12 Questions: Melissa Mytty
1.Can you tell me a bit about yourself?
I was born and raised in Michigan. I went to undergrad at the College for Creative Studies in Detroit and graduate school at Cranbrook Academy of Art in Bloomfield Hills MI. Upon graduating from Cranbrook, I moved to Philadelphia, Pennsylvania to become a Resident Artist at The Clay Studio where I stayed 2007-2012. I now live and work in Collegeville PA where I live with my husband Marty and 2.5 year old daughter Willow and we have another baby on the way arriving late January 2019!
2. What first inspired you to begin working with ceramics?
I was lucky enough to take clay classes from a young age outside of school. My middle school offered some clay in art class which is where I threw on the Potter's Wheel for the first time. Then in High School I took all the Ceramics classes offered and even did an independent study in ceramics. I went to college initially for Criminal Justice but that major was short lived and I quickly transfered to CCS for their Ceramics program which was a great fit for me. I studied with Tom Phardel, Christian Tedeschi and Paul Kotula and all three of those men were very influential to me and my artwork. It was an incredibly inspiring studio in which to make work and cemented my belief that this was the field for me.
3.What is your studio like? Could you share an image?
My studio is conveniently located in my backyard in our garage. Our garage is split into three sections, I have a 600 square feet studio and my husband is really into organic gardening and he works in the other section and then we have another section for typical garage equipment. I work in my studio every day and every chance I get so it really helps to have it so close to home. I like to keep my studio pretty tidy because it helps me think clearly.
4.What are some of your rituals in the studio to get the momentum going?
I really never find myself at a loss for momentum. I will often reference work from previous firings if I am stuck on a certain glaze combination or something but I always have something in the works. I usually make wet work for a week or so and then spend three or four weeks glazing it. The glazing part of my process is really time consuming but surfacing the pots has really become my passion. I obsess over the glaze and color combinations and love trying new color and pattern options.
5. How do you overcome ‘failure’?
I grew up training pretty intensely as a fast pitch softball pitcher and playing competitive travel ball. Failure in sports is inevitable and so from an early age I learned to keep moving after loss. Using the failure as motivation to train harder comes naturally to me. I am a big fan of hard work, there is no replacement for focused time honing these specialized skills. Some days you lose the game, others you throw a no hitter but every day you have to show up ready to go and give it 100%, that is the best way to learn and grow. It's good to reflect on results weather they're successful or not so you can improve in the next game or in the next firing cycle. It's actually pretty similar.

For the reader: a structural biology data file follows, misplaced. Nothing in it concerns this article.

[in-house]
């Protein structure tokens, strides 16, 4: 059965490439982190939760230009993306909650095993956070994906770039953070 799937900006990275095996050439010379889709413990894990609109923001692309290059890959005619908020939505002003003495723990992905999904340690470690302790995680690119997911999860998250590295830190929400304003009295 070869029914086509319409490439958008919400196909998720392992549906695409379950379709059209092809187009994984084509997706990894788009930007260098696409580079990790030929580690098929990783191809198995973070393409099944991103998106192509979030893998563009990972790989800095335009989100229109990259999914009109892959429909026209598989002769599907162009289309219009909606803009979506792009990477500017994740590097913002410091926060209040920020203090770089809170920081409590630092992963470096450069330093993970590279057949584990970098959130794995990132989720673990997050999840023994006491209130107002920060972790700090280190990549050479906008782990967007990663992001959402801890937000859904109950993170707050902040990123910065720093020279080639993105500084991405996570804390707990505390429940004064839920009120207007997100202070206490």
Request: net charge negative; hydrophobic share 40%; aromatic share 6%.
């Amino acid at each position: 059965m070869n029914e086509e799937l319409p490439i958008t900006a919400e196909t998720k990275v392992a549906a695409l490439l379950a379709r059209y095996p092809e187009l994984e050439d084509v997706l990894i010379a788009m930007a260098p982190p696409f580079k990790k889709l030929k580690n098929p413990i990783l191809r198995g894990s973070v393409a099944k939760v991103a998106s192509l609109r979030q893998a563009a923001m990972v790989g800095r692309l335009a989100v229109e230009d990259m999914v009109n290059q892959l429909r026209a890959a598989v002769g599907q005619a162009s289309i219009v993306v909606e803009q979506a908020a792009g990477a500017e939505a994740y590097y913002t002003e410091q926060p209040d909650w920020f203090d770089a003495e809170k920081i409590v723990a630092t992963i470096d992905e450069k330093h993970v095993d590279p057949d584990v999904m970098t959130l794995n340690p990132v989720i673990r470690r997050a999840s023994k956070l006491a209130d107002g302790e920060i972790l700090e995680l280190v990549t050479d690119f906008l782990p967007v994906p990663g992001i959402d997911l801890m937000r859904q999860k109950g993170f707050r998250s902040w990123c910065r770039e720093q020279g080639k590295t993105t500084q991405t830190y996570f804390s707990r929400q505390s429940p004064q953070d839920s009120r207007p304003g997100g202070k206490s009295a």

6. What is the most inspiring place you have been to?
I would have to say that MOMA in NYC always makes me so excited I can hardly wait to get back into my studio. Their collection is pretty incredible. I love their functional design pieces and also their memorable painting collection. It's just so exciting to me to see all that great work in one place.
7. Do you have any other interests or hobbies?
I enjoy running marathons which has proven difficult while being a full time stay at home mom and working full time in my studio. I am pretty slow so logging long training miles takes a lot of time which is hard to find these days. I am hoping to have more time to squeeze that in sometime in the future but my I do yoga several times a week which keeps my body healthy.
8. Do you collect anything?
I love to buy artwork especially Ceramics. I'm really into work that is unlike what I would make in style although I am completely obsessed with collecting vessels.
9. What are 1-3 books that have influenced your life?
"Good Looking: Essays on the Virtue of Images" by Barbara Maria Stafford was really influential and has some great concepts. I should probably pick that up again and look through it as it has been a while. Also, "Air Guitar" by David Hickey was a really good read for me as I was entering Graduate school. I think he has some really interesting perspective to share.
10. What are the biggest challenges you have faced as an artist?
When my daughter was born 2.5 years ago, I decided to switch from making sculptural work to making almost exclusively functional ware. The move was motivated not only by my interest in making dinnerware and more accessable objects, but also to supliment my income since when she was born I quit working all my jobs outside of my own studio. I am so happy about my decision and feel more motivated than ever to get in my studio time. I honestly can't believe it took me so long to make that shift.
11. Who/What are influences for your work?
I love Mark Rothko's paintings. I think his work is brilliant and every time I encounter one of his works I am in awe. I wish my work was as emotively captivating!
12. What are you working on right now?
I am currently gearing up for a big push for the holiday season. I am really into pinching and coiling the pots right now. I can't even make myself do anything besides a pinch pot right now. I am working on switching up my glaze designs and patterns too. After the holidays I hope to do some more flat tile "painting" work. I have this image of a whole wall installation of my tile paintings stuck in my head that I hope to bring to fruition soon.